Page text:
Final Cut Pro X: New! Remove Video Noise

by Larry Jordan

New with the 10.4.4 update to Final Cut Pro X is a Noise Reduction filter. This is specifically designed to quickly reduce video noise – and the results can be quite stunning.

Video noise is a common problem in video clips shot in low light or with small sensors, such as cell phones or action cameras like the GoPro. The problem is that, from a software point of view, it is very hard to tell the difference between noise and texture. Your eye can spot it immediately; but, software? Not so much.

Here’s a sample image. Notice all the grain (called “noise”) in the image. You can see it especially clearly in the sky, the side of the red car and the darker parts of the pavement.

NOTE: The ideal solution is to shoot with more light – or a larger sensor – or, um, a better lens. But that helps you not at all once you are in the editing room, trying to salvage a shot.

Edit the clip you want to fix into the Final Cut Pro X Timeline.

Go to Effects Browser > Basics and drag the Noise Reduction effect onto the clip you want to fix. (Shortcut: Double-click the effect to instantly apply it to all selected timeline clips.)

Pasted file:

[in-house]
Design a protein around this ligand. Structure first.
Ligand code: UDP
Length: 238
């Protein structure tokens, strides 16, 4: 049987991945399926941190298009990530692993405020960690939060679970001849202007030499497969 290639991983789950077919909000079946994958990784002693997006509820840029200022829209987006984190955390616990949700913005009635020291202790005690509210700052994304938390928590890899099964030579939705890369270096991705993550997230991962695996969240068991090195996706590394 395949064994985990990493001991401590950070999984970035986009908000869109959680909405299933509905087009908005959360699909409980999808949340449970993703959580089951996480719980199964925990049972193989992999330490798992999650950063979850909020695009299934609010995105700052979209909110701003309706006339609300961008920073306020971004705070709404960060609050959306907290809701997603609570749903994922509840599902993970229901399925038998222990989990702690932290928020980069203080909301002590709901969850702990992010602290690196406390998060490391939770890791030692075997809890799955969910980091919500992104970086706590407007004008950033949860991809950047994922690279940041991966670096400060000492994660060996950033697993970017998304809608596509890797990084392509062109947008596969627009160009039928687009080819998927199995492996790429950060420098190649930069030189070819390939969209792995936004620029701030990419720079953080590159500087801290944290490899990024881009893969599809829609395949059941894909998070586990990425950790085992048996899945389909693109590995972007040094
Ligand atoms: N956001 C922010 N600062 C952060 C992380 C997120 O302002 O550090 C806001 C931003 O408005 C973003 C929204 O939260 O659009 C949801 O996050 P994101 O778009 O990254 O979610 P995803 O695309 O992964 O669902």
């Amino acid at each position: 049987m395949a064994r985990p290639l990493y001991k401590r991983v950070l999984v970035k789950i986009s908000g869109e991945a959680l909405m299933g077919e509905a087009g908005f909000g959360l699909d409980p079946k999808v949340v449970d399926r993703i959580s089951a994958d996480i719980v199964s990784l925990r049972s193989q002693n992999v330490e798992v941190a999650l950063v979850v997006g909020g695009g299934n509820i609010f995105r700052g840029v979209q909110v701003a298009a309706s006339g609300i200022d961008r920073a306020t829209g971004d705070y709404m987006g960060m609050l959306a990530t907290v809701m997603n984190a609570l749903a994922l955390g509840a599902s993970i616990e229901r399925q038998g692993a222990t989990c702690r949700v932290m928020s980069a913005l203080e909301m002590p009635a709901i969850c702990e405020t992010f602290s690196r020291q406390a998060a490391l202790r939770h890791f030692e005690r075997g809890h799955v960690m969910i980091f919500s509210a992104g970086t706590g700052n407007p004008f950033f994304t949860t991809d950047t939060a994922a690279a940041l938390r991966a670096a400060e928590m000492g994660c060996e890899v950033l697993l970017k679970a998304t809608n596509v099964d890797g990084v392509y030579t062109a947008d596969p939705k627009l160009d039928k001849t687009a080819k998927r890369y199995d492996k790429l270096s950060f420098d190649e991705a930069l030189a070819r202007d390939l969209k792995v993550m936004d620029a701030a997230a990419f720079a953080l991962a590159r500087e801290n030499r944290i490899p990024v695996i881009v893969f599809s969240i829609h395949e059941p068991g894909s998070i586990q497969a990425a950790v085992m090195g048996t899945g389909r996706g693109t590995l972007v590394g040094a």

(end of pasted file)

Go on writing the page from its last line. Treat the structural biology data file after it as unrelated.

Adjust the Amount menu to dial out the amount of noise you want to remove. Your settings will vary based upon the amount of noise in the image and how much you want to remove.

NOTE: Many times, reducing video noise decreases sharpness in the image. To add sharpness back, adjust the Sharpness menu. In general, apply the least amount of sharpness to minimize edges starting to “vibrate.” What sharpness does is emphasize edges. When it comes to sharpness, too much is not a good thing.

Here’s a before (on the left) and after (on the right) of the same scene with Noise Reduction applied.

Here’s a detail from the same image. Yes, edge detail and sharpness is diminished, that’s inherent in the process. But, the overall image looks a whole lot better with much of the noise removed.


If you’re applying multiple clip effects to the clip, Apple’s Final Cut Pro X Help Files suggest that you add Noise Reduction as the first effect (so that it appears at the top of the Effects list), or rearrange the order of processing by dragging the Noise Reduction effect to the top of the list. This ensures the best performance and results.


About James DeRuvo 801 Articles
Editor in Chief at doddleNEWS. James has been a writer and editor at doddleNEWS for nearly a decade. As a producer/director/writer James won a Telly Award in 2005 for his Short Film "Searching for Inspiration. James is a recovering talk show producer from KABC in Los Angeles, and a weekly guest on the Digital Production Buzz with Larry Jordan.

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